Guide to Traditional Weddings in South Korea

Along with the first 100 days of a child’s life and a person’s 60th birthday, a wedding is one of the most important celebrations for South Koreans. The ceremony represents not only the union between bride and groom, but also between families. Therefore, several cultural traditions are part of it. In this article, we will go through some of the most common aspects of traditional weddings in South Korea.

Ham, the First Gift

The Ham (함) is a box filled with gifts given by the groom and his family to the bride-to-be. It can contain jewelry, clothes, money, and other items that value the bride.

In very traditional wedding ceremonies, the Ham is presented at the beginning of traditional wedding ceremonies by a close relative or friend of the groom to the bride’s family.

Traditionally, the one presenting the Ham wears charcoal or squid ink on their face. Of course, many around the world could find that this resembles blackface. As a result, this part of a traditional wedding ceremony may be quite shocking. The origin of this practice is believed to come from shamanistic cleansing rituals.

Hanbok and Colors

As much as many couples currently choose to marry in a more westernized way, the hanbok (in hangul, 한복) is the traditional dress of Korea.

The difference between the traditional hanbok and the one used in weddings is the number of layers that compose it and the richness of the embroidery and ornaments. Colors also play an important role in the ceremony. Based on the Theory of Five Colors, where each color represents an element of balance between Yin and Yang, brides wear red, and grooms wear blue.

The mothers of the future couple also traditionally wear hanboks following the colors used by their children (shades of green and blue for the mother of the groom, and shades of pink, red, and purple for the mother of the bride).

The Mothers and the Beginning of the Ceremony

In the old days, the beginning of the ceremony was when the groom went on horseback, in a kind of procession, to the bride’s house. Today, after the celebrant enters, the bride and grooms’ mothers enter holding a candle in the color of the hanboks used by their children. Upon arriving at the ceremony, the mothers light a single candle that symbolizes the beginning of the marriage.

Gifting Ducks

One of the oldest traditions in South Korea is for the groom to present the mother of the bride with wooden figures of a pair of ducks. In the past, the gift was actual ducks or geese.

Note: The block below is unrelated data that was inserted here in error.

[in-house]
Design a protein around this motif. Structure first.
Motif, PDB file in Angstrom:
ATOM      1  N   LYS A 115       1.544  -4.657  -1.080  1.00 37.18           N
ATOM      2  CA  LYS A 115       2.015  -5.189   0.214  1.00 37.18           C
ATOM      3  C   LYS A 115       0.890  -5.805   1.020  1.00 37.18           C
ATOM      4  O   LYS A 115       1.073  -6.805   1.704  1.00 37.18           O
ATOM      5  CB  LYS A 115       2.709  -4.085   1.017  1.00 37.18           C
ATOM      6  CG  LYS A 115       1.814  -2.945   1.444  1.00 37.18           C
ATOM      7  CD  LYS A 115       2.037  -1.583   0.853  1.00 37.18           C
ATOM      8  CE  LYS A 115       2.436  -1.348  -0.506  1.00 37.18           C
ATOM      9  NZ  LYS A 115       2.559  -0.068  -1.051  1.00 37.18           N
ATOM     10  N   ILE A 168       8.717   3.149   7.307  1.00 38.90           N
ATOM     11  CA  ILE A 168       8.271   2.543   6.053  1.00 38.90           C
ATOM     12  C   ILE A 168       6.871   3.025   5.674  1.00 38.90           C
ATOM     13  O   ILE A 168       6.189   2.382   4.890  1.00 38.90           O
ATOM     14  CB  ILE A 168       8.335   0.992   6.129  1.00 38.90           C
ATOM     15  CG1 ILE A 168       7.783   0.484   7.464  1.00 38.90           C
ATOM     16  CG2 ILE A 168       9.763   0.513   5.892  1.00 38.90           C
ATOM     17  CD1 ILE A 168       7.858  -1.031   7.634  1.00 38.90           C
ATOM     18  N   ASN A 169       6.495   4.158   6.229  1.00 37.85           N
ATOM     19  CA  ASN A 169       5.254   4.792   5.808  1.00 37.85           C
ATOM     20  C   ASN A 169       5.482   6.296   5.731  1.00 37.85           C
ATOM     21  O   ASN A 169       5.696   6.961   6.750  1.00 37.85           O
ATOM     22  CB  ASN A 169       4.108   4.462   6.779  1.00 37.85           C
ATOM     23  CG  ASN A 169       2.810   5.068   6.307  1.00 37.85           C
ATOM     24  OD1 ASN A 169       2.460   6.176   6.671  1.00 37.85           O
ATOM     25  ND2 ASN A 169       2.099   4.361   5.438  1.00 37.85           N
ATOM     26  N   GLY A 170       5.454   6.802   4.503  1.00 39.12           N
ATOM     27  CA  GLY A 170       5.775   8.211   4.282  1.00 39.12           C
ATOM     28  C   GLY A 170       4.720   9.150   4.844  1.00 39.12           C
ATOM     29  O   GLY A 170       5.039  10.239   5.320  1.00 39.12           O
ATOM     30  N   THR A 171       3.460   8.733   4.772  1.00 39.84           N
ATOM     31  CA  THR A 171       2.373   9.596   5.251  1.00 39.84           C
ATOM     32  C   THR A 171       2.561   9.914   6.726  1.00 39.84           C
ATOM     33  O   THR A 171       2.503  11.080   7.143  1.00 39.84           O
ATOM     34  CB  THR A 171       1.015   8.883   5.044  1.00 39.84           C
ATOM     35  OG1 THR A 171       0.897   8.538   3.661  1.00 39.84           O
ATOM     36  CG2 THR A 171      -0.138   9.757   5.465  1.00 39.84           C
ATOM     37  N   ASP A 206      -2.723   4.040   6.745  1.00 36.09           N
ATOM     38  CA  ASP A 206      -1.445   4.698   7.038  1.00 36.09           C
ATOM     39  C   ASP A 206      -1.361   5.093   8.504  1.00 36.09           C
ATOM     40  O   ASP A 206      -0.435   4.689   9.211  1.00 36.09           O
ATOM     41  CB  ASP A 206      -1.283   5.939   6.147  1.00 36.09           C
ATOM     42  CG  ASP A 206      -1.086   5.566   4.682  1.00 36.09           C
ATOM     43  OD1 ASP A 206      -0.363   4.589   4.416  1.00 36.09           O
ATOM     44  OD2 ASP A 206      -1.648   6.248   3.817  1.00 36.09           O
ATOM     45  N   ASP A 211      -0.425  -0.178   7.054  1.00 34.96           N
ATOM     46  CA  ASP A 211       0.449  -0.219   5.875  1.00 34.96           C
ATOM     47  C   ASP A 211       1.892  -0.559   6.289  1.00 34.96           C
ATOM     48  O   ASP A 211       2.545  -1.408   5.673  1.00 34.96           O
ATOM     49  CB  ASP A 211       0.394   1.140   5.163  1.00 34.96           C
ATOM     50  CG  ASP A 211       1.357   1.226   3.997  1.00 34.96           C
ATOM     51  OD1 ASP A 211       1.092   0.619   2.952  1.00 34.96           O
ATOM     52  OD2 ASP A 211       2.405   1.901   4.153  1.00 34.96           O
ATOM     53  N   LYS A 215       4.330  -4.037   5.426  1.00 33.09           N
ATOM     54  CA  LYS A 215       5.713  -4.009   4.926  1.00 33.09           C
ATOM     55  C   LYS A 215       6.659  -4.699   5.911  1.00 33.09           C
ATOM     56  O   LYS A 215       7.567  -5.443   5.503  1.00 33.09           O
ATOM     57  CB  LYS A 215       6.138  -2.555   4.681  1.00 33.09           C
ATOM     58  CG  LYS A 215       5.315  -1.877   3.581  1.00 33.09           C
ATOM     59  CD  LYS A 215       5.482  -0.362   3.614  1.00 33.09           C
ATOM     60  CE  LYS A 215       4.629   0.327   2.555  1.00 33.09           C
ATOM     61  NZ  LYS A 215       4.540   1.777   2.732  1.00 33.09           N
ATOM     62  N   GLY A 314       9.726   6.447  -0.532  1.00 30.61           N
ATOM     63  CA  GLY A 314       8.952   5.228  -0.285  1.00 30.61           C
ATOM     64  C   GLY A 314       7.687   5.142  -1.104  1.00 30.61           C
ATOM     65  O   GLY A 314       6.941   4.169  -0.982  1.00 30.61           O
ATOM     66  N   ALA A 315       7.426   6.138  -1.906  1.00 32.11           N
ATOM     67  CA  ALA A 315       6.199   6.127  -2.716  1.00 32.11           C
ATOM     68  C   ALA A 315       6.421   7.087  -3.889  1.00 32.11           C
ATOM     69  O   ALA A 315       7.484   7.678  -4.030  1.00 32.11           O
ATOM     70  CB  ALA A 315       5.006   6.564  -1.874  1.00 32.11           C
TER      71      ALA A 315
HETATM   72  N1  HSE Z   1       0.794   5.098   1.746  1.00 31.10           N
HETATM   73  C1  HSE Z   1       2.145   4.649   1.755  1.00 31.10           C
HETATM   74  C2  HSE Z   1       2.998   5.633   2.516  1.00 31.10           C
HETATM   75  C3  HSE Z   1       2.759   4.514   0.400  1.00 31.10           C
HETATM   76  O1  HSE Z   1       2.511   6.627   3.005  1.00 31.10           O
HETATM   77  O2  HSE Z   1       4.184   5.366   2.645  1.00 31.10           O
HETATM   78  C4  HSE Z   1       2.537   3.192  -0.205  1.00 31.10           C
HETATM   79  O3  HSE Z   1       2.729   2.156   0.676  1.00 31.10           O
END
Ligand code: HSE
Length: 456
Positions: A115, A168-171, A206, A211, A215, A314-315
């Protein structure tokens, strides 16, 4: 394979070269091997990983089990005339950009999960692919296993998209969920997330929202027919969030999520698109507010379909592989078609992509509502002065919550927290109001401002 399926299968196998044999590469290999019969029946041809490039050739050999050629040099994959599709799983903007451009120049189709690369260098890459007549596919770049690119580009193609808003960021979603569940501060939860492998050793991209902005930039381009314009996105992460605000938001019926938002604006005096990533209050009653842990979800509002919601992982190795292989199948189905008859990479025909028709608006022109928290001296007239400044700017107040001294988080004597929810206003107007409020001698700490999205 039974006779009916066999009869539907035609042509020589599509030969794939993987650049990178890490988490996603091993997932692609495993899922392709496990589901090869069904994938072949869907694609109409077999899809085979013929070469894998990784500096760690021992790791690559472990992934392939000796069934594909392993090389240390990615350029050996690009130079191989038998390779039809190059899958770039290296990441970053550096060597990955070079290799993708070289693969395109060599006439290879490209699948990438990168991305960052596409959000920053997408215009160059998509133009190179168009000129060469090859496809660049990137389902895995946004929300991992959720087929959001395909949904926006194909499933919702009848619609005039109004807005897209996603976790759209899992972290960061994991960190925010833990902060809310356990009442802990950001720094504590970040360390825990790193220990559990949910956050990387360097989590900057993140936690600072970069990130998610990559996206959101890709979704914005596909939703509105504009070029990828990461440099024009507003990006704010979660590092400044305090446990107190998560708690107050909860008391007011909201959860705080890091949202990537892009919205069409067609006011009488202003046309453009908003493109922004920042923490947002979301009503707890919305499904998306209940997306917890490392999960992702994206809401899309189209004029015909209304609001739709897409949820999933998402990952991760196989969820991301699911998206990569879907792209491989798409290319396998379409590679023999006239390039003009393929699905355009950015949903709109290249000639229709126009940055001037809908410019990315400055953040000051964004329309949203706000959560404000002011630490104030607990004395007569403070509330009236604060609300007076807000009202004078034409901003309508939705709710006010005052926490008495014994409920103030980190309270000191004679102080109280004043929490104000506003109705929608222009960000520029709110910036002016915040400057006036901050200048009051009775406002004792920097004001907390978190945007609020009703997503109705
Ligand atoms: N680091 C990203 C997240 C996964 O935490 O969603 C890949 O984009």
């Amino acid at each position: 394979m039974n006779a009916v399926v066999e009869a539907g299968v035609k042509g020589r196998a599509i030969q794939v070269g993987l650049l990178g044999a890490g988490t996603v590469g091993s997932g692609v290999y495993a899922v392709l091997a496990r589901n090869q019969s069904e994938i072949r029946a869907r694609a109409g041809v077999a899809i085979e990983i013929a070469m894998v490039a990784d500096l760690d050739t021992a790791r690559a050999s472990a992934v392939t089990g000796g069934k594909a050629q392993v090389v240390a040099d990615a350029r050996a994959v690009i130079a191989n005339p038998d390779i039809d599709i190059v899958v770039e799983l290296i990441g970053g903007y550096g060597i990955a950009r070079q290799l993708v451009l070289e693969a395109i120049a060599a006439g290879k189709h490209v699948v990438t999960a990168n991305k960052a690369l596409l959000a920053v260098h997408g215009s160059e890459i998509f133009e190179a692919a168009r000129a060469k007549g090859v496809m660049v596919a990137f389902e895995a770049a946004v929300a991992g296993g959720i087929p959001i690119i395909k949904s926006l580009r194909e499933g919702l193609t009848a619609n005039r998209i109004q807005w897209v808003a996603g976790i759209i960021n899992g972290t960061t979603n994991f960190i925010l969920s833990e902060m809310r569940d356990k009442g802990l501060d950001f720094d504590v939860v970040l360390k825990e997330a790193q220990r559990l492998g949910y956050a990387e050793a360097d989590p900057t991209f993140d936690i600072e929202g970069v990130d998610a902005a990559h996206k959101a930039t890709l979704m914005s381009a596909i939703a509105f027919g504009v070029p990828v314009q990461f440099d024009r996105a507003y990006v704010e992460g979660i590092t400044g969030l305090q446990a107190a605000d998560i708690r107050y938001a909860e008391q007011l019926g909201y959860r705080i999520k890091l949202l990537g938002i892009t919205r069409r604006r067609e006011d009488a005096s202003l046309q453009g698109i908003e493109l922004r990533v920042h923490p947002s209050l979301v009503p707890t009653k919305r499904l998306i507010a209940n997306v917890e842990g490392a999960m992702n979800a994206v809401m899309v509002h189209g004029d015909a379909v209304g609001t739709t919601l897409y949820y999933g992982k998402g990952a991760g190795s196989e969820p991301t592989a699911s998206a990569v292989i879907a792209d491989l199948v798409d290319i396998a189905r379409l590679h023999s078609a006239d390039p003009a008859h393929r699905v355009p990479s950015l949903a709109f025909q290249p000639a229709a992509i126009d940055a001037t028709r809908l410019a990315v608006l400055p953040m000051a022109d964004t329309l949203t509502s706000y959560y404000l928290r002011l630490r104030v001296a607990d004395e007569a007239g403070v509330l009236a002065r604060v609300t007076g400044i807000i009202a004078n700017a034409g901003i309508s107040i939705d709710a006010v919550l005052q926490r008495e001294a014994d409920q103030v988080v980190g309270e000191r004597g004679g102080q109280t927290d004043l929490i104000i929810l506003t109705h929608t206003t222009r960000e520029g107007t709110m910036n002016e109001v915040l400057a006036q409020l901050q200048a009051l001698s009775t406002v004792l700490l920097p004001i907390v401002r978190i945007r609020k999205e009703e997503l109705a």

The birds are known for choosing a single pair throughout their entire life and accompanying it even during migratory cycles. When giving a gift, the groom bows twice to show all his respect to the bride’s family, their commitment, and their loyalty.

Purity and Union

Two other South Korean traditions are known as Gyobaerye and Hapgeunrye. Both happen during the ceremony. At Gyobaerye, the bride and groom wash their hands to show that they are clean for the wedding.

With clean hands, they bow to each other interchangeably before kneeling down. During the Hapgeunrye, the bride and groom drink traditional alcohol from gourds divided in half, symbolizing the union of the couple as a single individual. When the alcohol is finished, the couple bow again in respect to family, ancestors, and guests.

Pyebaek and Fertility Prediction

When the ceremony is over, the bride presents her in-laws with dates and nuts. The groom’s family then starts throwing the received fruits at the bride, who must try to catch as many of them as possible with her hanbok skirt.

Each fruit represents a child that the couple will have, with the dates representing the girls and the nuts, the boys.

Money as a Wedding Gift

Guests to weddings in South Korea give money as gifts. In these celebrations, it is common and expected. the bride and groom are starting a life and need resources to start their new life independently. The amount received varies with the degree of proximity between the guest and the bride and groom.

Money is not anonymous. Normally guests come with fresh, crisp bills and the amount and their name is recorded at the entrance to the ceremony. The amount you should give is not completely standardized and is often a point of stress for attendees.

Did you like to know more about wedding traditions? Which one did you find most curious?

References:

Brides.com
theknot.com
Tlc.com
Sergey Green

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🇧🇷 Rayssa

Graduated in Business Administration and Marketing. I love producing content on social media and I am addicted to writing. Writing is one of my favorite hobbies. A person passionate about music, world and South Korea. I am discovering all about living in Korea and all the wonders of this country and I want to share it all with you. Shall we travel with me? Follow me on my instagram @rah_hayashi ♥